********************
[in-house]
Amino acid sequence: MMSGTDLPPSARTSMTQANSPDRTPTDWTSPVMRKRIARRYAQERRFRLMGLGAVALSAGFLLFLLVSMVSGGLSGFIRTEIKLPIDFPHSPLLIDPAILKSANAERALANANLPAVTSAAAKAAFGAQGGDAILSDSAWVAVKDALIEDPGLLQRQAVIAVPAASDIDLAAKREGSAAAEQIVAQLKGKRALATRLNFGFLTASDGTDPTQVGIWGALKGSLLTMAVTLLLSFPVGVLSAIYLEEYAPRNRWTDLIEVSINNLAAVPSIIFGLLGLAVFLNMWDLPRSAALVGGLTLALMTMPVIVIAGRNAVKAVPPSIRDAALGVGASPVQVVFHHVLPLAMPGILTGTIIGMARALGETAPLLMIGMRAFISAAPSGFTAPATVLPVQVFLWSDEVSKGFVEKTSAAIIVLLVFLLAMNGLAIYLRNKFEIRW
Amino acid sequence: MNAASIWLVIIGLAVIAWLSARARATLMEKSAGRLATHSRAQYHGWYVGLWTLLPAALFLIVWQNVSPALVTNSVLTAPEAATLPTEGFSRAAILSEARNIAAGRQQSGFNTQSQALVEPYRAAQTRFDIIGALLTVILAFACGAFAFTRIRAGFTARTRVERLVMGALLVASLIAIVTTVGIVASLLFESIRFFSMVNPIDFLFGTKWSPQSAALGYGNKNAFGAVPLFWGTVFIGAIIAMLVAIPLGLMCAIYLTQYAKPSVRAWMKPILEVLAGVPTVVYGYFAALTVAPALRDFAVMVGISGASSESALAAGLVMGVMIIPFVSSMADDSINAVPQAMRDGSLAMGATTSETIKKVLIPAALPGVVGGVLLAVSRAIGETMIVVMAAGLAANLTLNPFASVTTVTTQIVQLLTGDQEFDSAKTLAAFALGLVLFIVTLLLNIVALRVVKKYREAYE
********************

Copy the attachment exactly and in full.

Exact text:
[in-house]
Amino acid sequence: MMSGTDLPPSARTSMTQANSPDRTPTDWTSPVMRKRIARRYAQERRFRLMGLGAVALSAGFLLFLLVSMVSGGLSGFIRTEIKLPIDFPHSPLLIDPAILKSANAERALANANLPAVTSAAAKAAFGAQGGDAILSDSAWVAVKDALIEDPGLLQRQAVIAVPAASDIDLAAKREGSAAAEQIVAQLKGKRALATRLNFGFLTASDGTDPTQVGIWGALKGSLLTMAVTLLLSFPVGVLSAIYLEEYAPRNRWTDLIEVSINNLAAVPSIIFGLLGLAVFLNMWDLPRSAALVGGLTLALMTMPVIVIAGRNAVKAVPPSIRDAALGVGASPVQVVFHHVLPLAMPGILTGTIIGMARALGETAPLLMIGMRAFISAAPSGFTAPATVLPVQVFLWSDEVSKGFVEKTSAAIIVLLVFLLAMNGLAIYLRNKFEIRW
Amino acid sequence: MNAASIWLVIIGLAVIAWLSARARATLMEKSAGRLATHSRAQYHGWYVGLWTLLPAALFLIVWQNVSPALVTNSVLTAPEAATLPTEGFSRAAILSEARNIAAGRQQSGFNTQSQALVEPYRAAQTRFDIIGALLTVILAFACGAFAFTRIRAGFTARTRVERLVMGALLVASLIAIVTTVGIVASLLFESIRFFSMVNPIDFLFGTKWSPQSAALGYGNKNAFGAVPLFWGTVFIGAIIAMLVAIPLGLMCAIYLTQYAKPSVRAWMKPILEVLAGVPTVVYGYFAALTVAPALRDFAVMVGISGASSESALAAGLVMGVMIIPFVSSMADDSINAVPQAMRDGSLAMGATTSETIKKVLIPAALPGVVGGVLLAVSRAIGETMIVVMAAGLAANLTLNPFASVTTVTTQIVQLLTGDQEFDSAKTLAAFALGLVLFIVTLLLNIVALRVVKKYREAYE